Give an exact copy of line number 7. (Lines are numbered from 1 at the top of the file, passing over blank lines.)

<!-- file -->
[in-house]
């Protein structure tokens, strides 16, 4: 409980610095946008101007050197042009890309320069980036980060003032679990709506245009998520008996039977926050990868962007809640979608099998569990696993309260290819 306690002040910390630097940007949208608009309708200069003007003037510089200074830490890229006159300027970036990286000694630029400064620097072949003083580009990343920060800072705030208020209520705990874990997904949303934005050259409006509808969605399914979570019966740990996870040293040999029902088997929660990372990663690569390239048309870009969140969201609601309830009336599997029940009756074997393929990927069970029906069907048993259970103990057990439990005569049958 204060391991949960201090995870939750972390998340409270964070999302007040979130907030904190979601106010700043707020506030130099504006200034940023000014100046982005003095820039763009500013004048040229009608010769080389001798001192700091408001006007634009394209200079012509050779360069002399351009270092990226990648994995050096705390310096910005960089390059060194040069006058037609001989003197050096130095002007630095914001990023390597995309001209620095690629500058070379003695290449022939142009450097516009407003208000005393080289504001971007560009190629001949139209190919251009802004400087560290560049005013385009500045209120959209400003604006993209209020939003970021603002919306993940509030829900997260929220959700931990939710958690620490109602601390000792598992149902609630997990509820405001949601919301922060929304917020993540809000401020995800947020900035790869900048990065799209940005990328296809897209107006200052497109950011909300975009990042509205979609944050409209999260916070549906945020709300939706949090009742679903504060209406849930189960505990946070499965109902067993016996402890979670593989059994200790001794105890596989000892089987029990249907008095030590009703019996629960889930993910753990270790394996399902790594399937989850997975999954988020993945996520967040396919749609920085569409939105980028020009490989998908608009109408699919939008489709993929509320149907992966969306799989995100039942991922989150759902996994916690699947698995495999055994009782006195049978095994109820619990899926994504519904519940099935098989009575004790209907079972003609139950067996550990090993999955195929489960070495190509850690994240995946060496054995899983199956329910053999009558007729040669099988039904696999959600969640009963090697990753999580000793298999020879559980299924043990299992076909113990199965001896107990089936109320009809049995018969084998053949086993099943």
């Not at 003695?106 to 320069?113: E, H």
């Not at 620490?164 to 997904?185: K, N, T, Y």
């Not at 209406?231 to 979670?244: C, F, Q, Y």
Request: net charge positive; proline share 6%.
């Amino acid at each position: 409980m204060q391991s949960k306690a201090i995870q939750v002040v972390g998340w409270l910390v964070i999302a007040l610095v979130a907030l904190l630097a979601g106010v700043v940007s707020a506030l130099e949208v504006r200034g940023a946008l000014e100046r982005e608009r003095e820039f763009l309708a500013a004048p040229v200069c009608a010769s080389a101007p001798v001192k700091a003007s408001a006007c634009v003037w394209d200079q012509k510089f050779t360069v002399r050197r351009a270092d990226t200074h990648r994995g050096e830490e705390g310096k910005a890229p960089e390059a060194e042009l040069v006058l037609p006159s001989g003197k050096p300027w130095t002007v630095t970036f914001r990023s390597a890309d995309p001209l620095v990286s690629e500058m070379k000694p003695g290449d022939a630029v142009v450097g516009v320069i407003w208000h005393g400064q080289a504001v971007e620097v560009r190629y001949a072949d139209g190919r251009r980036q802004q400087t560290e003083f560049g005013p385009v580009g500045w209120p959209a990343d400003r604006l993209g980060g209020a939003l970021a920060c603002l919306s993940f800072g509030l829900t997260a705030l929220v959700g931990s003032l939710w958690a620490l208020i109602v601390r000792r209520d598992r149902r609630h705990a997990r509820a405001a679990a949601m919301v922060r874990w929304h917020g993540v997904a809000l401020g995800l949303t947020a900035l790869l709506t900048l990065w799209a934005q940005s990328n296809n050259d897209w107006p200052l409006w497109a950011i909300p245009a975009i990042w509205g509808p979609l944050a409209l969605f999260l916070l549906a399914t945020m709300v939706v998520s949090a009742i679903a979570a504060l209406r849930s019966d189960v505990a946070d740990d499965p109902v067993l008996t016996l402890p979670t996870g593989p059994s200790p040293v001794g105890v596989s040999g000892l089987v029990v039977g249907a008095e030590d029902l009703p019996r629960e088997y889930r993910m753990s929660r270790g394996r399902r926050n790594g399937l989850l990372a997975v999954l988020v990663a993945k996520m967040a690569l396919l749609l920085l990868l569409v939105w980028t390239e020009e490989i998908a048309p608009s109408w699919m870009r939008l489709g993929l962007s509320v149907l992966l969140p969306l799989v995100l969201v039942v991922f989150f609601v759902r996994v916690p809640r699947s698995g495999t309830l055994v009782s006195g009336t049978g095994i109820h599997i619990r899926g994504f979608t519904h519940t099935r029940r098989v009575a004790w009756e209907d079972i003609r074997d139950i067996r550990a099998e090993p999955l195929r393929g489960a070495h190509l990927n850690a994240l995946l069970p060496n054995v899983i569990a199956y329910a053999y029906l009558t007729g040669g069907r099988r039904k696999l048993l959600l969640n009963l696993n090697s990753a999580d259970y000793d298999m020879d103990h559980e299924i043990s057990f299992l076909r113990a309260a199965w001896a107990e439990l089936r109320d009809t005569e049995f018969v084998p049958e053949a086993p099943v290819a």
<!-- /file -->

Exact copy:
């Amino acid at each position: 409980m204060q391991s949960k306690a201090i995870q939750v002040v972390g998340w409270l910390v964070i999302a007040l610095v979130a907030l904190l630097a979601g106010v700043v940007s707020a506030l130099e949208v504006r200034g940023a946008l000014e100046r982005e608009r003095e820039f763009l309708a500013a004048p040229v200069c009608a010769s080389a101007p001798v001192k700091a003007s408001a006007c634009v003037w394209d200079q012509k510089f050779t360069v002399r050197r351009a270092d990226t200074h990648r994995g050096e830490e705390g310096k910005a890229p960089e390059a060194e042009l040069v006058l037609p006159s001989g003197k050096p300027w130095t002007v630095t970036f914001r990023s390597a890309d995309p001209l620095v990286s690629e500058m070379k000694p003695g290449d022939a630029v142009v450097g516009v320069i407003w208000h005393g400064q080289a504001v971007e620097v560009r190629y001949a072949d139209g190919r251009r980036q802004q400087t560290e003083f560049g005013p385009v580009g500045w209120p959209a990343d400003r604006l993209g980060g209020a939003l970021a920060c603002l919306s993940f800072g509030l829900t997260a705030l929220v959700g931990s003032l939710w958690a620490l208020i109602v601390r000792r209520d598992r149902r609630h705990a997990r509820a405001a679990a949601m919301v922060r874990w929304h917020g993540v997904a809000l401020g995800l949303t947020a900035l790869l709506t900048l990065w799209a934005q940005s990328n296809n050259d897209w107006p200052l409006w497109a950011i909300p245009a975009i990042w509205g509808p979609l944050a409209l969605f999260l916070l549906a399914t945020m709300v939706v998520s949090a009742i679903a979570a504060l209406r849930s019966d189960v505990a946070d740990d499965p109902v067993l008996t016996l402890p979670t996870g593989p059994s200790p040293v001794g105890v596989s040999g000892l089987v029990v039977g249907a008095e030590d029902l009703p019996r629960e088997y889930r993910m753990s929660r270790g394996r399902r926050n790594g399937l989850l990372a997975v999954l988020v990663a993945k996520m967040a690569l396919l749609l920085l990868l569409v939105w980028t390239e020009e490989i998908a048309p608009s109408w699919m870009r939008l489709g993929l962007s509320v149907l992966l969140p969306l799989v995100l969201v039942v991922f989150f609601v759902r996994v916690p809640r699947s698995g495999t309830l055994v009782s006195g009336t049978g095994i109820h599997i619990r899926g994504f979608t519904h519940t099935r029940r098989v009575a004790w009756e209907d079972i003609r074997d139950i067996r550990a099998e090993p999955l195929r393929g489960a070495h190509l990927n850690a994240l995946l069970p060496n054995v899983i569990a199956y329910a053999y029906l009558t007729g040669g069907r099988r039904k696999l048993l959600l969640n009963l696993n090697s990753a999580d259970y000793d298999m020879d103990h559980e299924i043990s057990f299992l076909r113990a309260a199965w001896a107990e439990l089936r109320d009809t005569e049995f018969v084998p049958e053949a086993p099943v290819a």